Ed Peterson loved teaching so much that he actually paid the state of Wisconsin to work as a professor of history at UW-River Falls. Peterson was 79, and well past retirement age. The retirement plan Peterson could have collected would have paid him more than teaching did. Peterson, however, was a self proclaimed creature of habit and wasn't interested in retiring; he loved teaching too much. So much in fact, he often joked that he hoped to die while lecturing in South Hall, which he and his wife Ursula had worked so hard to preserve.
Admitted to the Hudson hospital on March 23 with pneumonia, Peterson died on March 25, 2005, in United Hospitals in St. Paul of heart failure.
Family, friends, faculty and students paid final respects at the Congressional Church in River Falls on March 30 amidst the dreary rainfall of a springtime thunderstorm, a setting not representative of the life, passion for teaching, and energy that Peterson exhibited.
In the 51 plus years Peterson etched his legacy at UW-RF, he watched as class sizes increased and buildings he saw erected were torn down and replaced.
“Professors can get tenure here,” Peterson once joked. “Apparently buildings cannot.”
During the entire span of his teaching career, he only missed one class period. He prided himself on knowing as much about the people he met as possible.
“It always amused and amazed me how fast he knew everyone's background,” Ursula said. “He loved to see people's lives unfold before him.”
Interim Chancellor Virgil Nylander will remember Peterson as a unique individual who loved his teaching and his students.
“His death marked a sad day for the campus,” Nylander said. “ Ed was the best academic I've had the pleasure to know.”
Peterson's life began in St. Joseph, MO. on August 27, 1925. He proved himself to be an academic as he was the top male graduate in 1943 at St. Joseph Central High School. He attended junior college before being drafted into the U.S. Army on March 28, 1944. Peterson fought in WWII and met his wife, Ursula, in Germany during that time.
Upon returning home from Europe, Peterson received his AA degree and eventually transferred to UW-Madison where he received his B.A, M.B., and finally his Ph.D. in 1953. His time spent getting his education laid the foundation to a career in teaching. He spent one year teaching at Eastern Kentucky State College before coming to UW-RF in 1954.
During his teenage years, Peterson did missionary work for the reorganized Church of Latter Day Saints. His time spent doing this work and the teachings he received shaped the life he led.
“I remember once our garage door came down on his head with particular force,” John Peterson, Ed's son, said. “I was standing close by and I heard him shout ‘Hells Bells,' and those, ladies and gentleman, were the most profane words I ever heard him say.”
Peterson's two great loves in his life were his wife, Ursula, and teaching. Ask a person to describe Peterson, and they would invariably mention his passion for teaching.
“My dad was very lucky to find a life's work that he loved so much,” John Peterson said.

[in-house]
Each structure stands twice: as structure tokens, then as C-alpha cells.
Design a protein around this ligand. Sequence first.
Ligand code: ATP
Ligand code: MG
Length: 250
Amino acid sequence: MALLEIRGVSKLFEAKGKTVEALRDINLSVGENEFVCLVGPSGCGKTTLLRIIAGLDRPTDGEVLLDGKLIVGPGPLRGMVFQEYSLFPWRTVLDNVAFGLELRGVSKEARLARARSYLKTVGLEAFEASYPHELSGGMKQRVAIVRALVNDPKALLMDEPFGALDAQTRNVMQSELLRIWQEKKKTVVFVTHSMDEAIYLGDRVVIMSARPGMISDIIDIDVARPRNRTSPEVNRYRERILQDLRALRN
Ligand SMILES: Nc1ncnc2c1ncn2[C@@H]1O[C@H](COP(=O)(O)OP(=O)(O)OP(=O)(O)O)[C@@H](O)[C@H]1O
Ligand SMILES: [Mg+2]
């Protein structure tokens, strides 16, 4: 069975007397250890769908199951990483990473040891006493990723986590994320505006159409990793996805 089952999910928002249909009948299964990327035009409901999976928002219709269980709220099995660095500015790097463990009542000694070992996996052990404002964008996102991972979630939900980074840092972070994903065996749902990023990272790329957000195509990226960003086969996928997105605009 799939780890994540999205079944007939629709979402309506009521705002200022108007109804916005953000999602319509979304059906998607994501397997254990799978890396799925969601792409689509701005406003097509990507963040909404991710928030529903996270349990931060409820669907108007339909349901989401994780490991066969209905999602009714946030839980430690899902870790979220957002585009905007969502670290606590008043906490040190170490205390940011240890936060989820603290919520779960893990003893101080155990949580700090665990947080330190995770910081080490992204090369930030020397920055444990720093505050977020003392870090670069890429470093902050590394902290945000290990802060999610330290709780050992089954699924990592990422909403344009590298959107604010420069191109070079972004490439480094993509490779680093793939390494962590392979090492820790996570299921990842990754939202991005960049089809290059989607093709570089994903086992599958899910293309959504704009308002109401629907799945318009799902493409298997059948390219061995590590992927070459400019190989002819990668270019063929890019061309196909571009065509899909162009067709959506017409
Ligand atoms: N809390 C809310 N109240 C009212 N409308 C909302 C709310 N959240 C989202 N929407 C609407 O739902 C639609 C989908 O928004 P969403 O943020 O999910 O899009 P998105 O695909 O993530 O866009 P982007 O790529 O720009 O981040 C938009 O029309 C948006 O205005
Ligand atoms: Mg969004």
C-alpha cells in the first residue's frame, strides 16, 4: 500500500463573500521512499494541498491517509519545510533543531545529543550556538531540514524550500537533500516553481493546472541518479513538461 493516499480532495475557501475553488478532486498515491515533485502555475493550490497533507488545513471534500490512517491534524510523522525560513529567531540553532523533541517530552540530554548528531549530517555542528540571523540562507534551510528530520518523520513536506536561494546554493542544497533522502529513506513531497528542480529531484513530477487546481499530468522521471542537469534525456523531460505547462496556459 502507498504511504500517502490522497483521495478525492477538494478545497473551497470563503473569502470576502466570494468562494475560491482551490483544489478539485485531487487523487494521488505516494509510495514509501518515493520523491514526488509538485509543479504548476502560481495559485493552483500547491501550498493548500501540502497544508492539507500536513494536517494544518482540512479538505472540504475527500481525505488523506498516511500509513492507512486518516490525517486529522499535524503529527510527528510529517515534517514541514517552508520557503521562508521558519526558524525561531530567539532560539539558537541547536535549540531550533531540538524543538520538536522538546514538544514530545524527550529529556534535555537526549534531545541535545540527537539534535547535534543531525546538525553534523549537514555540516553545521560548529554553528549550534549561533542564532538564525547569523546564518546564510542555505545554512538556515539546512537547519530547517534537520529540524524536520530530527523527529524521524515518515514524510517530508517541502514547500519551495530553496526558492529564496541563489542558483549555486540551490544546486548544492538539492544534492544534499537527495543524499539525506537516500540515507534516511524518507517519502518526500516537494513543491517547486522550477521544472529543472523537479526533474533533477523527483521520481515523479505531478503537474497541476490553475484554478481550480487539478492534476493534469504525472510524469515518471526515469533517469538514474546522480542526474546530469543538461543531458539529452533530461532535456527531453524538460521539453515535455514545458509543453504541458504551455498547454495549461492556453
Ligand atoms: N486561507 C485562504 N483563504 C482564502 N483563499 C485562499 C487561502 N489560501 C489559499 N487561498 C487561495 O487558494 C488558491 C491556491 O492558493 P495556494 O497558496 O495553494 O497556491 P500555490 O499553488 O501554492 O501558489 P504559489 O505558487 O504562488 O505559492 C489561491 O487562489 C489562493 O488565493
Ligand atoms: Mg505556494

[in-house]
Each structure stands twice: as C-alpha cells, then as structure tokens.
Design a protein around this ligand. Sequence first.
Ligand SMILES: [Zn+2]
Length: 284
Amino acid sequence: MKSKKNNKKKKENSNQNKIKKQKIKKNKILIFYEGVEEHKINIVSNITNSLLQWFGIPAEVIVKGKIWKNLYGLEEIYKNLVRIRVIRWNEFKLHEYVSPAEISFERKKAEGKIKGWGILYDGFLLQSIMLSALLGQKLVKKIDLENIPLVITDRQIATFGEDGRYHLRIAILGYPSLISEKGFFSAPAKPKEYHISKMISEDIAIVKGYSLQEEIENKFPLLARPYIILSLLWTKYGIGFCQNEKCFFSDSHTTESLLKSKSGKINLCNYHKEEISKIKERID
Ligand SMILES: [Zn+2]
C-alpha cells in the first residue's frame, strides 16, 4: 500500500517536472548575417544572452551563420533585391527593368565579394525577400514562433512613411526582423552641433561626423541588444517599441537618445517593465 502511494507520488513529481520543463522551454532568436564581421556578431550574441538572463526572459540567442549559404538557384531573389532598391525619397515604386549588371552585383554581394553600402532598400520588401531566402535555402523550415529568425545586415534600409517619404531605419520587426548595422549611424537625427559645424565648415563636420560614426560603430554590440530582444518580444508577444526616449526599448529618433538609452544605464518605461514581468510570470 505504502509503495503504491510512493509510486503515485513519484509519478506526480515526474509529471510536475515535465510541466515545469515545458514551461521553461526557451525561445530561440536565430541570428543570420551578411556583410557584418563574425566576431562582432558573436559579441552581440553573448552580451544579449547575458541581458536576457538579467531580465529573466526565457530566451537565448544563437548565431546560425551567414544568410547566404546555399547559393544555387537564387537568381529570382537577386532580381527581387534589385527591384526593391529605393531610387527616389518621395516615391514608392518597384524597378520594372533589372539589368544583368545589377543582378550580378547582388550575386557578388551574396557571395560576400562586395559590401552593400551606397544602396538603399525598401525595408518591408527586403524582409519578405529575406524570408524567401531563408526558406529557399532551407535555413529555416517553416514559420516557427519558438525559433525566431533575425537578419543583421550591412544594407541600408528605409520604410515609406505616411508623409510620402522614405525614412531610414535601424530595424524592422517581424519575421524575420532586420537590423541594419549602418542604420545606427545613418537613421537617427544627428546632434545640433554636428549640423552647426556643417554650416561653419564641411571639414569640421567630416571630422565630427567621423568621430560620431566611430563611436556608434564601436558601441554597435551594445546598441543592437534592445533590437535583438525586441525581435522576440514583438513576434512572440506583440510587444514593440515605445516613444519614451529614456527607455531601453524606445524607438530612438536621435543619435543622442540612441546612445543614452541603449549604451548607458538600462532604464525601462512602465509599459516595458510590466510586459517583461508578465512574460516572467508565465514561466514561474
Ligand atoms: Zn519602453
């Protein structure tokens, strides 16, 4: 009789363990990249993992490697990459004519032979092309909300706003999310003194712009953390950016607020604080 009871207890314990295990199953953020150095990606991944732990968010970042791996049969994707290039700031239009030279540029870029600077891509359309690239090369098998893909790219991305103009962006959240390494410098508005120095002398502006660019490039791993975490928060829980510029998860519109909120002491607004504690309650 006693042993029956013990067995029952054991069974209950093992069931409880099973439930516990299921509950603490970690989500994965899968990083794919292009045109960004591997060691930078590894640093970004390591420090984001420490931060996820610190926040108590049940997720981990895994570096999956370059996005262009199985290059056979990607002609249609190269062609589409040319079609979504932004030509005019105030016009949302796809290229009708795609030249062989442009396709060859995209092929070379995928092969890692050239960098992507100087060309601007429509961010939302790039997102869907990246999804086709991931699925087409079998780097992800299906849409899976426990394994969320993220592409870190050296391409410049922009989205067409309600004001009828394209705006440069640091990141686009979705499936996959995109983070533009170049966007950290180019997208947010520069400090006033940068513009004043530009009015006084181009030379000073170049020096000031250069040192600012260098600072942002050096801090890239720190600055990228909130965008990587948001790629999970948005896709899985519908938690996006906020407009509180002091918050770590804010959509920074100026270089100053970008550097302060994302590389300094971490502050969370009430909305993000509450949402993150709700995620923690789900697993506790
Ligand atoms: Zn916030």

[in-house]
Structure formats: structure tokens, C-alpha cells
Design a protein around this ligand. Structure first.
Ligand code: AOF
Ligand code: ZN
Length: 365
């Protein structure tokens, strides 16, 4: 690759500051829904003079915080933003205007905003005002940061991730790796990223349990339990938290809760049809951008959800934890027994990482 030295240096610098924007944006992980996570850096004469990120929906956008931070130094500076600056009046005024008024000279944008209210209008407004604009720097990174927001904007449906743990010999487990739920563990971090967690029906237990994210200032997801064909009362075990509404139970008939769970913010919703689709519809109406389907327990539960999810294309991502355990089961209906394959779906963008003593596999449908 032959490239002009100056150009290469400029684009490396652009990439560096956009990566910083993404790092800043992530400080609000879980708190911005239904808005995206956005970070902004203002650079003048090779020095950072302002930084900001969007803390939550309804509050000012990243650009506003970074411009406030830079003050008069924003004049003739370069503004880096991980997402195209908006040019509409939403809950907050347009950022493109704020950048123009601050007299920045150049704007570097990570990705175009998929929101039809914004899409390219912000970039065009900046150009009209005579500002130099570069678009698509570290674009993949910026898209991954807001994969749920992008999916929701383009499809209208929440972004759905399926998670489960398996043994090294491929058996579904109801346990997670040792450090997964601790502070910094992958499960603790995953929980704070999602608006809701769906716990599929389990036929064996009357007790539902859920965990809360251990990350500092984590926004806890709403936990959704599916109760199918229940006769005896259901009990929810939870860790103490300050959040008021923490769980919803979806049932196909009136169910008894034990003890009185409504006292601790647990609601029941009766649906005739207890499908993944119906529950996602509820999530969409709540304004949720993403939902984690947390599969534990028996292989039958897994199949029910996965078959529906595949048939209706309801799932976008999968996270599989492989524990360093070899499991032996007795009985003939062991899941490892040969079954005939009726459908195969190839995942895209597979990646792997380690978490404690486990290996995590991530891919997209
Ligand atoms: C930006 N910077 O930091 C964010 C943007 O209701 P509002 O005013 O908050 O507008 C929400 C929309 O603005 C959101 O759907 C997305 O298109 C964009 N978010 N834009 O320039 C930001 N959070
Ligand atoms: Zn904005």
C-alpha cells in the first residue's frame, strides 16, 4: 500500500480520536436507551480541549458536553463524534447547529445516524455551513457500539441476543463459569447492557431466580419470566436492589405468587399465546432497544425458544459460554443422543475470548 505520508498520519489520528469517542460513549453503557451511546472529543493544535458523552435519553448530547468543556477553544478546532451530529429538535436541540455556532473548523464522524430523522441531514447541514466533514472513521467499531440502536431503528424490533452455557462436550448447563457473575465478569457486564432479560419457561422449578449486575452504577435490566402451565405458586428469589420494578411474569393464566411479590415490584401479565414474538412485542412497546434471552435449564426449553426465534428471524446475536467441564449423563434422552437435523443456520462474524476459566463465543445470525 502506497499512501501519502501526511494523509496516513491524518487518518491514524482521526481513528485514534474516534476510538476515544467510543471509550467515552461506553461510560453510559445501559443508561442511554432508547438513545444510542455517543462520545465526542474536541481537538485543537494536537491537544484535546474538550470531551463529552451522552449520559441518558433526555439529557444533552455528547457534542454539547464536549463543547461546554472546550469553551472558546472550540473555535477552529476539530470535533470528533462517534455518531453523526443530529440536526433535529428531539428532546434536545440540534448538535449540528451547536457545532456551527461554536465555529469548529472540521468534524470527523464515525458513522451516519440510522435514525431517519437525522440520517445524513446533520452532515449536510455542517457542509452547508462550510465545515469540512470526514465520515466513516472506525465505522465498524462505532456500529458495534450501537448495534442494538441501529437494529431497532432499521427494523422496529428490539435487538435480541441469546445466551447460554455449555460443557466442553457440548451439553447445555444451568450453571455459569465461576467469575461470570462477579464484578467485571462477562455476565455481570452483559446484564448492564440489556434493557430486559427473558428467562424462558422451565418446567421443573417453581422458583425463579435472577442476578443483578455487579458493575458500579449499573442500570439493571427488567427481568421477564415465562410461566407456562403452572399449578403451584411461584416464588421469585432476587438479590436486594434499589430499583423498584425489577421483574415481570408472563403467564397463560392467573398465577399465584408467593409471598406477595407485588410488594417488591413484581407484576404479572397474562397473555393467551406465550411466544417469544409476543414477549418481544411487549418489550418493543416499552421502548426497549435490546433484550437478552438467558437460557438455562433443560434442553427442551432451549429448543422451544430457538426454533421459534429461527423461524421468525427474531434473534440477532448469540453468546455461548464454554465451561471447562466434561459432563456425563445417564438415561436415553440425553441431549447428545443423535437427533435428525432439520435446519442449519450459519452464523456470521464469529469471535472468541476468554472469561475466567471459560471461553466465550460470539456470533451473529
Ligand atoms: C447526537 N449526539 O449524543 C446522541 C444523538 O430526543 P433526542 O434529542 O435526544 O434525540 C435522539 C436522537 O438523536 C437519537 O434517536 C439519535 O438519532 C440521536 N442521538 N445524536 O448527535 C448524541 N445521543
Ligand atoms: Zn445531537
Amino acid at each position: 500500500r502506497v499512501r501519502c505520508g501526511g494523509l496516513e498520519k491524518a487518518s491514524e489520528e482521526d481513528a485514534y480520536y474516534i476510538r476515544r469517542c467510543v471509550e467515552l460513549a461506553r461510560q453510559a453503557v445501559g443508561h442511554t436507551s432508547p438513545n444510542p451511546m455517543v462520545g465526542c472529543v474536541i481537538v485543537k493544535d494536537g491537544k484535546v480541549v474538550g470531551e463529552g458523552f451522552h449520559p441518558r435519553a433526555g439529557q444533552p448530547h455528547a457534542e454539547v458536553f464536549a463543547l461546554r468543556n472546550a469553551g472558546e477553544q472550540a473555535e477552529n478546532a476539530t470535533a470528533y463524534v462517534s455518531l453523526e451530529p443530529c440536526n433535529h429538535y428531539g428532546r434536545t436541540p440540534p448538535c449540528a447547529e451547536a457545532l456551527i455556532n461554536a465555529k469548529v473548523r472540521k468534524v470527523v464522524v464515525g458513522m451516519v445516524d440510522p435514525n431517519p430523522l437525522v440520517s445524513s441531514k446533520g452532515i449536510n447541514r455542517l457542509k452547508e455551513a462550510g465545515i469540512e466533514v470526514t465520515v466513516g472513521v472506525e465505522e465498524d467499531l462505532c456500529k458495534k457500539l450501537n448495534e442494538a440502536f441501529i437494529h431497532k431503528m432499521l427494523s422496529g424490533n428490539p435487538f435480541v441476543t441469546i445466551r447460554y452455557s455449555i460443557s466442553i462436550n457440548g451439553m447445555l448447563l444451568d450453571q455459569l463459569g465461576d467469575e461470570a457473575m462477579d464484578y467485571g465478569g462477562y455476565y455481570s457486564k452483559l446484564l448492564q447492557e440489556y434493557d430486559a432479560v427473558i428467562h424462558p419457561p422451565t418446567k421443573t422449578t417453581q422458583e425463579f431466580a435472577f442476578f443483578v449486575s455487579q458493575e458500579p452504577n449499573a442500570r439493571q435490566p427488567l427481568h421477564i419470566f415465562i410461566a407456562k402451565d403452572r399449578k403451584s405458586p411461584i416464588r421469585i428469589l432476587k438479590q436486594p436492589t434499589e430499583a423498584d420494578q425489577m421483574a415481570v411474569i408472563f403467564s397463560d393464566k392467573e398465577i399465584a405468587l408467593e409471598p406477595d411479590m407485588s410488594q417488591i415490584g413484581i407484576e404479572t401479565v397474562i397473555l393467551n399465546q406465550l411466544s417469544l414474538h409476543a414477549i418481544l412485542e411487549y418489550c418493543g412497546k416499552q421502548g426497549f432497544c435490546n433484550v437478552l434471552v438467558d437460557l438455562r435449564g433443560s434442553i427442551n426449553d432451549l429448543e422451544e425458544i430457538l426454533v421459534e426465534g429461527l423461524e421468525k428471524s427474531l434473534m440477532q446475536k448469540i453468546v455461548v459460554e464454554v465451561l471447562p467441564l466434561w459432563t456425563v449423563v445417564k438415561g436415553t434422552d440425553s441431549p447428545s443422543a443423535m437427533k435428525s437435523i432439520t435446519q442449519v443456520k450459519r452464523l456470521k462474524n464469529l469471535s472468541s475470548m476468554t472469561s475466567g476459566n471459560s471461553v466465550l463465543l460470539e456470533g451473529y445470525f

Peterson had an interest in what made people tick, especially what motivated people to do things.
“He wanted to know what you did why you did, and how you did,” Ursula Peterson said. “He was actually a modest and shy man, a fact that was well hidden by his charm and his great interest in people.”
In 1957, after being in River Falls for a few years, Peterson and his family finally built a house. John Peterson remembers his father's desk was centerpiece of the house, placed so he could look out the windows to the scenic backyard. Next to his desk on a bookshelf, Peterson kept pictures, a radio and a jar of treats.
“He stashed treats there that delighted his children and grandchildren,” John Peterson said.
Michael Peterson described his father through notes for a speech that Peterson once orated talking about why, after so many years, he still taught at UW-RF.
“My father was interested in what motivated people,” Michael Peterson said. “He explains his own motivations.”
The notes began by explaining that Peterson mused he was mentally unbalanced and that may explain why he still taught. But after a more thoughtful analysis, he described that the area, the school, the students and his colleagues all helped to make River Falls a lovely place to be and work. Especially, though, his passion for teaching, the students he taught and his partner in life, Ursula, made his job palatable.
Peterson leaves behind a legacy that will not be soon forgotten by family, friends or UW-RF. Peterson maintained correspondence with history graduates going back to his first years as a teacher in the 1950s and continuing to the present. He also gave the commencement address to the UW-RF graduates in December 2004, having won the University Distinguished Professor Award in 2004, the highest recognition for outstanding teaching that the university gives.
“Each of us creates ripples in the universe by living our lives and being part of families, making friendships, taking stands on various issues, and working to influence the ideas of others,” John Peterson said. “I think my dad's ripples were almost waves. Those waves may have irritated some, but I think others have ridden them to achieve great things on their own.”
Peterson's granddaughter, Cece Peterson, once heard an analogy that she found to be a fitting acknowledgment of those sentiments.
“Absence is to love as wind is to fire,” Cece Peterson said. “It extinguishes the small and enkindles the great.”
Besides the honors and awards Peterson received, professionally he was also a noted scholar, doing research in Germany every year and writing a number of books. He published his doctoral dissertation as well as seven other books in addition to his many scholarly papers and book reviews.
“ Ed performed a remarkable duty for this campus,” Nylander said.